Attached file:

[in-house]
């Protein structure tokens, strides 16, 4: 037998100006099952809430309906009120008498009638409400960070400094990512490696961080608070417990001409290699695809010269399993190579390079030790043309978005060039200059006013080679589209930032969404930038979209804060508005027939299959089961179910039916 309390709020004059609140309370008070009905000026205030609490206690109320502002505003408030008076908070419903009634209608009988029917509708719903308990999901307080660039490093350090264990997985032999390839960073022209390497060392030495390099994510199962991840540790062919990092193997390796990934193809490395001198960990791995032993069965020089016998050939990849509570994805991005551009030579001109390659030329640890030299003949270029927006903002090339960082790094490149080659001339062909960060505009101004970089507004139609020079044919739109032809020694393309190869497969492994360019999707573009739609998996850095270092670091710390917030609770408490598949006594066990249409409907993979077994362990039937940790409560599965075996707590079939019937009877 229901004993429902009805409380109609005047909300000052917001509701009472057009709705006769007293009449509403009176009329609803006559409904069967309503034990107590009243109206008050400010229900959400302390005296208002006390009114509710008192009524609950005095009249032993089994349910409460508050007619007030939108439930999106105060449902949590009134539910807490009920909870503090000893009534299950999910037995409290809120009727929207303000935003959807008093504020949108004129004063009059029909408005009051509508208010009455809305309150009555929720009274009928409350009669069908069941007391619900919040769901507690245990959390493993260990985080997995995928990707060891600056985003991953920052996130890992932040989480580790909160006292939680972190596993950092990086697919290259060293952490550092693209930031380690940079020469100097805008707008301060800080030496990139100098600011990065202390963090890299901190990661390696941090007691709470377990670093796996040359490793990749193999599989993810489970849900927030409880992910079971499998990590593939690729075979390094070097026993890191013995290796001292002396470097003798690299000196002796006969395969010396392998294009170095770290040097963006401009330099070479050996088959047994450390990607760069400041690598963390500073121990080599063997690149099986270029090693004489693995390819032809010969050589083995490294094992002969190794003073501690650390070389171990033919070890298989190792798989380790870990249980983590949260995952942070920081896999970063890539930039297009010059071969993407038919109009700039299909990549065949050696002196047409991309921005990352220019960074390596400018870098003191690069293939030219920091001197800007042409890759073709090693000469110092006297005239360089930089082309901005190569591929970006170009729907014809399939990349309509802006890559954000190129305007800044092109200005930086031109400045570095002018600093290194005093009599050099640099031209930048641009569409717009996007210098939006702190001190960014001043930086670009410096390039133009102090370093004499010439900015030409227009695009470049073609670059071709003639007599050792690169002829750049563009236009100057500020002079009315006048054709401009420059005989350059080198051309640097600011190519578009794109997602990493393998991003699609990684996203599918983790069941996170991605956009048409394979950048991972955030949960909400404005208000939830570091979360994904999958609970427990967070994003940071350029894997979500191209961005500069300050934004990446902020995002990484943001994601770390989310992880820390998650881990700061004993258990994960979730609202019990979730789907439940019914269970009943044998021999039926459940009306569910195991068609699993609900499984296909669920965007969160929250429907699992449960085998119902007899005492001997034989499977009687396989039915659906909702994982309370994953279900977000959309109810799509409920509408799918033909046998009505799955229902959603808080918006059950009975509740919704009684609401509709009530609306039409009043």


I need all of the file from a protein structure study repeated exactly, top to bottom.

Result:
[in-house]
């Protein structure tokens, strides 16, 4: 037998100006099952809430309906009120008498009638409400960070400094990512490696961080608070417990001409290699695809010269399993190579390079030790043309978005060039200059006013080679589209930032969404930038979209804060508005027939299959089961179910039916 309390709020004059609140309370008070009905000026205030609490206690109320502002505003408030008076908070419903009634209608009988029917509708719903308990999901307080660039490093350090264990997985032999390839960073022209390497060392030495390099994510199962991840540790062919990092193997390796990934193809490395001198960990791995032993069965020089016998050939990849509570994805991005551009030579001109390659030329640890030299003949270029927006903002090339960082790094490149080659001339062909960060505009101004970089507004139609020079044919739109032809020694393309190869497969492994360019999707573009739609998996850095270092670091710390917030609770408490598949006594066990249409409907993979077994362990039937940790409560599965075996707590079939019937009877 229901004993429902009805409380109609005047909300000052917001509701009472057009709705006769007293009449509403009176009329609803006559409904069967309503034990107590009243109206008050400010229900959400302390005296208002006390009114509710008192009524609950005095009249032993089994349910409460508050007619007030939108439930999106105060449902949590009134539910807490009920909870503090000893009534299950999910037995409290809120009727929207303000935003959807008093504020949108004129004063009059029909408005009051509508208010009455809305309150009555929720009274009928409350009669069908069941007391619900919040769901507690245990959390493993260990985080997995995928990707060891600056985003991953920052996130890992932040989480580790909160006292939680972190596993950092990086697919290259060293952490550092693209930031380690940079020469100097805008707008301060800080030496990139100098600011990065202390963090890299901190990661390696941090007691709470377990670093796996040359490793990749193999599989993810489970849900927030409880992910079971499998990590593939690729075979390094070097026993890191013995290796001292002396470097003798690299000196002796006969395969010396392998294009170095770290040097963006401009330099070479050996088959047994450390990607760069400041690598963390500073121990080599063997690149099986270029090693004489693995390819032809010969050589083995490294094992002969190794003073501690650390070389171990033919070890298989190792798989380790870990249980983590949260995952942070920081896999970063890539930039297009010059071969993407038919109009700039299909990549065949050696002196047409991309921005990352220019960074390596400018870098003191690069293939030219920091001197800007042409890759073709090693000469110092006297005239360089930089082309901005190569591929970006170009729907014809399939990349309509802006890559954000190129305007800044092109200005930086031109400045570095002018600093290194005093009599050099640099031209930048641009569409717009996007210098939006702190001190960014001043930086670009410096390039133009102090370093004499010439900015030409227009695009470049073609670059071709003639007599050792690169002829750049563009236009100057500020002079009315006048054709401009420059005989350059080198051309640097600011190519578009794109997602990493393998991003699609990684996203599918983790069941996170991605956009048409394979950048991972955030949960909400404005208000939830570091979360994904999958609970427990967070994003940071350029894997979500191209961005500069300050934004990446902020995002990484943001994601770390989310992880820390998650881990700061004993258990994960979730609202019990979730789907439940019914269970009943044998021999039926459940009306569910195991068609699993609900499984296909669920965007969160929250429907699992449960085998119902007899005492001997034989499977009687396989039915659906909702994982309370994953279900977000959309109810799509409920509408799918033909046998009505799955229902959603808080918006059950009975509740919704009684609401509709009530609306039409009043």